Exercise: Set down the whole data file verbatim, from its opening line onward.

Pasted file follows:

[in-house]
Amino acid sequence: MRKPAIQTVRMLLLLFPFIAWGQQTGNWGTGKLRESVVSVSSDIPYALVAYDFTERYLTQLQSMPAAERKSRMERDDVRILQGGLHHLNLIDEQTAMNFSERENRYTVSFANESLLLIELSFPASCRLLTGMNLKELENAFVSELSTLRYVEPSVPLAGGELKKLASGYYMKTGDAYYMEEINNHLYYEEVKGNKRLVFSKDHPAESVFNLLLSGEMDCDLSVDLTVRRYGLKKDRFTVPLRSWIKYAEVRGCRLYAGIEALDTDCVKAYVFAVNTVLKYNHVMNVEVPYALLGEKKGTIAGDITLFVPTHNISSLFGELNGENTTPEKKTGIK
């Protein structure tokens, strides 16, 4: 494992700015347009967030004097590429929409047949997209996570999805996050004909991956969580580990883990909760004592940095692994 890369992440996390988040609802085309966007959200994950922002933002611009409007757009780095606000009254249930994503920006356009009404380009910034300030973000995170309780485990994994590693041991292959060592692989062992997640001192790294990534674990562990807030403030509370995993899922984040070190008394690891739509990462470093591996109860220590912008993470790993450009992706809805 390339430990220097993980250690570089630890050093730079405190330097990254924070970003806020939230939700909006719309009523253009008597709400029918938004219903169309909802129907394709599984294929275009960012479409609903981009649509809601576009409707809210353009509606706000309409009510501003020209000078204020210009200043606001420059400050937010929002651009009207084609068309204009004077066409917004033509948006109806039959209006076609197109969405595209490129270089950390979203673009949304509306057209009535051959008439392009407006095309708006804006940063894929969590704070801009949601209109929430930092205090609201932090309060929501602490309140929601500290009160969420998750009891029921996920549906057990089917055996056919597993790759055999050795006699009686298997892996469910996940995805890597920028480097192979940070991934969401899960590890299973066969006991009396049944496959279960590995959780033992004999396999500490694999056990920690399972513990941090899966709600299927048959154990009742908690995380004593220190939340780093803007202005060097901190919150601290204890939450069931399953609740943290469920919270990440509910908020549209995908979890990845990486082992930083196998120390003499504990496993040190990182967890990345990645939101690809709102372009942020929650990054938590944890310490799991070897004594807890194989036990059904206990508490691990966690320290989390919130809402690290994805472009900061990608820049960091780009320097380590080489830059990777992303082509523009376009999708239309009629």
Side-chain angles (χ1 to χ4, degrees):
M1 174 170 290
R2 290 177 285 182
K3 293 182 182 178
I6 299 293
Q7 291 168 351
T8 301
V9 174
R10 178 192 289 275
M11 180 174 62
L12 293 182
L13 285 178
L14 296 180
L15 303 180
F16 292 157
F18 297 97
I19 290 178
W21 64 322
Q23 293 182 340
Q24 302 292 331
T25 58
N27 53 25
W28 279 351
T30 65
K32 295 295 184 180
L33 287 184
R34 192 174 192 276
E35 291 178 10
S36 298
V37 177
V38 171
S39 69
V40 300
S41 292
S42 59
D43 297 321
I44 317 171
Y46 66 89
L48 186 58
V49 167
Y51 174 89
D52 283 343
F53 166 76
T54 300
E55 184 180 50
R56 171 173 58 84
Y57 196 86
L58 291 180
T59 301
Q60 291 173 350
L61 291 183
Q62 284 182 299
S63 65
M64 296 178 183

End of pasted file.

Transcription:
[in-house]
Amino acid sequence: MRKPAIQTVRMLLLLFPFIAWGQQTGNWGTGKLRESVVSVSSDIPYALVAYDFTERYLTQLQSMPAAERKSRMERDDVRILQGGLHHLNLIDEQTAMNFSERENRYTVSFANESLLLIELSFPASCRLLTGMNLKELENAFVSELSTLRYVEPSVPLAGGELKKLASGYYMKTGDAYYMEEINNHLYYEEVKGNKRLVFSKDHPAESVFNLLLSGEMDCDLSVDLTVRRYGLKKDRFTVPLRSWIKYAEVRGCRLYAGIEALDTDCVKAYVFAVNTVLKYNHVMNVEVPYALLGEKKGTIAGDITLFVPTHNISSLFGELNGENTTPEKKTGIK
């Protein structure tokens, strides 16, 4: 494992700015347009967030004097590429929409047949997209996570999805996050004909991956969580580990883990909760004592940095692994 890369992440996390988040609802085309966007959200994950922002933002611009409007757009780095606000009254249930994503920006356009009404380009910034300030973000995170309780485990994994590693041991292959060592692989062992997640001192790294990534674990562990807030403030509370995993899922984040070190008394690891739509990462470093591996109860220590912008993470790993450009992706809805 390339430990220097993980250690570089630890050093730079405190330097990254924070970003806020939230939700909006719309009523253009008597709400029918938004219903169309909802129907394709599984294929275009960012479409609903981009649509809601576009409707809210353009509606706000309409009510501003020209000078204020210009200043606001420059400050937010929002651009009207084609068309204009004077066409917004033509948006109806039959209006076609197109969405595209490129270089950390979203673009949304509306057209009535051959008439392009407006095309708006804006940063894929969590704070801009949601209109929430930092205090609201932090309060929501602490309140929601500290009160969420998750009891029921996920549906057990089917055996056919597993790759055999050795006699009686298997892996469910996940995805890597920028480097192979940070991934969401899960590890299973066969006991009396049944496959279960590995959780033992004999396999500490694999056990920690399972513990941090899966709600299927048959154990009742908690995380004593220190939340780093803007202005060097901190919150601290204890939450069931399953609740943290469920919270990440509910908020549209995908979890990845990486082992930083196998120390003499504990496993040190990182967890990345990645939101690809709102372009942020929650990054938590944890310490799991070897004594807890194989036990059904206990508490691990966690320290989390919130809402690290994805472009900061990608820049960091780009320097380590080489830059990777992303082509523009376009999708239309009629």
Side-chain angles (χ1 to χ4, degrees):
M1 174 170 290
R2 290 177 285 182
K3 293 182 182 178
I6 299 293
Q7 291 168 351
T8 301
V9 174
R10 178 192 289 275
M11 180 174 62
L12 293 182
L13 285 178
L14 296 180
L15 303 180
F16 292 157
F18 297 97
I19 290 178
W21 64 322
Q23 293 182 340
Q24 302 292 331
T25 58
N27 53 25
W28 279 351
T30 65
K32 295 295 184 180
L33 287 184
R34 192 174 192 276
E35 291 178 10
S36 298
V37 177
V38 171
S39 69
V40 300
S41 292
S42 59
D43 297 321
I44 317 171
Y46 66 89
L48 186 58
V49 167
Y51 174 89
D52 283 343
F53 166 76
T54 300
E55 184 180 50
R56 171 173 58 84
Y57 196 86
L58 291 180
T59 301
Q60 291 173 350
L61 291 183
Q62 284 182 299
S63 65
M64 296 178 183